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Florida Board of Education Grants Authority for Increased Supervision of Teaching Materials

The Florida Board of Education voted on latest rules that can allow parents to appeal school district decisions on what materials could be utilized in classrooms or school libraries. But the results of the appeal, if a parent wins, doesn’t mean the book they object to will get taken off library shelves.

“It is not ‘Oh, they followed the policy, but I do not I didn’t agree with it.’ It’s have they got a policy? Primary. Do they follow the policy? That is it. It’s a really limited appeal,” said board chair Ben Gibson.

The brand new rule, required under HB 1069, is one other way for fogeys to regulate what their public school students can and can’t access at school and classroom libraries.

“The foundations may also protect parental rights and can provide an alternate choice to resolve disputes or objections between parents and the college districts,” said Paul Burns, Florida Department of Education chancellor for K-12 public schools.

Last 12 months, Gov. Ron DeSantis signed the Curriculum Transparency Act, which requires districts to catalog every book they provide and put a proper review process in place for complaints. DeSantis, who’s currently running to be the Republican nominee for president, touted the law as a technique to increase parental involvement in education and forestall “indoctrination.”

After a district has passed through the review process, the parent of a toddler who attends a public school who objected to materials can request a special magistrate in the event that they can document the district has not yet established procedures for material review or if the district didn’t follow its procedures. It would not mechanically remove a book if a parent disagrees with a college district’s decision.

“Relief available to a parent under the special magistrate process doesn’t include the removal of fabric or limiting student access to material,” the appeal form states.

It doesn’t apply to instructional material that has passed through a public review and comment process, like textbooks, which follow an adoption process outlined in Florida statute. The rule does, nonetheless, apply to any material available to a student in a college library, on a reading list, or utilized in a classroom.

The special magistrate will either be a judge with the Division of Administrative Hearings or a member of the Florida Bar in good standing, appointed by the commissioner of education.

The shape adopted by the board Wednesday says the request to appeal will only be granted if all other procedures for resolution with the college district have been used.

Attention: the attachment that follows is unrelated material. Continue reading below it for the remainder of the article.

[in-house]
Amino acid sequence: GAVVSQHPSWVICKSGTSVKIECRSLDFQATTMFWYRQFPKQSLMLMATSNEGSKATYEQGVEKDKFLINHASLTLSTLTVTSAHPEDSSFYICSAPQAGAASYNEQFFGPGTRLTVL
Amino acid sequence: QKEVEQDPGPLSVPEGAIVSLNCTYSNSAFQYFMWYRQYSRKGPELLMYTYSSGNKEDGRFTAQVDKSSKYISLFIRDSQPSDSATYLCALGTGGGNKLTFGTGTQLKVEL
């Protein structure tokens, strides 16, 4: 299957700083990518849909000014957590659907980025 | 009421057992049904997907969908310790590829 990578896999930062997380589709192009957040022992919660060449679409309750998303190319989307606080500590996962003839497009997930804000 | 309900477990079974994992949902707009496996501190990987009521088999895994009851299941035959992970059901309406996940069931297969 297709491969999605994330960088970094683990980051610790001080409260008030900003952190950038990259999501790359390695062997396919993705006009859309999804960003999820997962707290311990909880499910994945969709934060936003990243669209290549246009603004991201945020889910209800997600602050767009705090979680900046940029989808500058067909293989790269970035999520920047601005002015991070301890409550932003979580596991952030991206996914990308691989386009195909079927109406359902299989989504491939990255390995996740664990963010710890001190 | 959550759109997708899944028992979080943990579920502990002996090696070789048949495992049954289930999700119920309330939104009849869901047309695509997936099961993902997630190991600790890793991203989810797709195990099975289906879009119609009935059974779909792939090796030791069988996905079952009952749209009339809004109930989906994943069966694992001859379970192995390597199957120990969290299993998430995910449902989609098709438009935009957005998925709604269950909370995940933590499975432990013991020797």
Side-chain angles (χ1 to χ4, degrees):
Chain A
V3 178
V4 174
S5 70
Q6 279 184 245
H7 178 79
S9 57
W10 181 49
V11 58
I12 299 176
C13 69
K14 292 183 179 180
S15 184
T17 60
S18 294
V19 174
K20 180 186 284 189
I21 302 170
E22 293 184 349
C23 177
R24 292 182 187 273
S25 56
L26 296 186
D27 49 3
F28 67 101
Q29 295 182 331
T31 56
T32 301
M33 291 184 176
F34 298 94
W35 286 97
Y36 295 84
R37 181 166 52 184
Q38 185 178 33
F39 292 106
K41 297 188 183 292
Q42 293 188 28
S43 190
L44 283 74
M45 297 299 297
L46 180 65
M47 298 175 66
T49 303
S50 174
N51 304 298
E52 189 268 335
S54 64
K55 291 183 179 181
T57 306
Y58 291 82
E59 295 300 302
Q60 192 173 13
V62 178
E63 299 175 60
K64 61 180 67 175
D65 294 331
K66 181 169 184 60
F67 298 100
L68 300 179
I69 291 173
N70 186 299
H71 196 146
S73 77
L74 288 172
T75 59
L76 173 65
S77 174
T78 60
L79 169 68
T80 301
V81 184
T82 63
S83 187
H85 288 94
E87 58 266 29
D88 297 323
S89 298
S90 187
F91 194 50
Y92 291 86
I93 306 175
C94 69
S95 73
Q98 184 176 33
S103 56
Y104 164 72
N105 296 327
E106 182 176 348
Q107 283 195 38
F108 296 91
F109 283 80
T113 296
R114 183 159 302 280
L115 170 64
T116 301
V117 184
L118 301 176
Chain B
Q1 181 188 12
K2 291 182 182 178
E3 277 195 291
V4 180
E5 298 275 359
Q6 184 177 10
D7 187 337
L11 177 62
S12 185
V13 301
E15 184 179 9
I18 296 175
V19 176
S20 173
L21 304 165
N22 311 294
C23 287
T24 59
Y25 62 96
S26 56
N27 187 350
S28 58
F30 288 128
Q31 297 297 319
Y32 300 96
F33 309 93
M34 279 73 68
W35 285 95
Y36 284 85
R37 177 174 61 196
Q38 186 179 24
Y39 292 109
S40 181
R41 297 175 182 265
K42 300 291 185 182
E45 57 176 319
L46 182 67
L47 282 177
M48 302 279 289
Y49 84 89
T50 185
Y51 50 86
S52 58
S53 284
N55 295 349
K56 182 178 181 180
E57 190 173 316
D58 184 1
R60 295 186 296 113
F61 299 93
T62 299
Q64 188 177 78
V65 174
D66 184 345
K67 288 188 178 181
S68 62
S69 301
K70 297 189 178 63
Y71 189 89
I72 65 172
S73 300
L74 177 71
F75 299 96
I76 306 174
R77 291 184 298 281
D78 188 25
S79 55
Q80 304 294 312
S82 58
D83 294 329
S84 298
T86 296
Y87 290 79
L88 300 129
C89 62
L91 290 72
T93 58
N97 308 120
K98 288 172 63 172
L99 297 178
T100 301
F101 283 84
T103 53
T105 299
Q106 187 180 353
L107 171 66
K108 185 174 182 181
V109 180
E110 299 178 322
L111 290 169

More: Grappling with latest law, fearful Florida teachers tossing books, resellers say

Critics say the special magistrate process leaves out parents who object to books being taken out of college and classroom libraries.

“That is skewing the method and limiting it only to the book banners, only to those parents who wish to see books censored and pulled from the shelves,” said Carlos Guillermo Smith, a senior policy advisor for Equality Florida, who can also be running for state Senate after losing re-election within the House last 12 months. “If we’ll speak about parental rights, let’s speak about parental rights. But we must respect the rights of all parents, including the rights of fogeys who wish to make sure that that their kid has access to a high-quality public education and access to the materials that they’ve a right to access as well.”

School districts across Florida have purged titles from their library shelves since fearing repercussions in the event that they are found to have books of their classroom libraries deemed “harmful to minors.” A DOE media specialist training published in January said a teacher could be charged with a third-degree felony if materials are found harmful, pointing to a law previously on the books.

Parents’ rights groups proceed to challenge books they deem “inappropriate.” For instance, in Leon County this past spring, a mother submitted a criticism concerning the book “I’m Billie Jean King” and argued it needs to be pulled from elementary school shelves since the book explains the tennis legend is gay.

The objection was ultimately dismissed, because the Leon County School Board voted to maintain the book on school shelves.

“This book isn’t about that she’s gay, the theme is about championing equality,” Vice Chair Rosanne Wood said. “And that is so essential for our young people to have the option to read and listen to.”

You’ll be able to view the document in a brand new tab here: http://www.naplesnews.com/story/news/politics/2023/08/23/florida-board-of-ed-approves-more-oversight-of-classroom-materials/70651805007/

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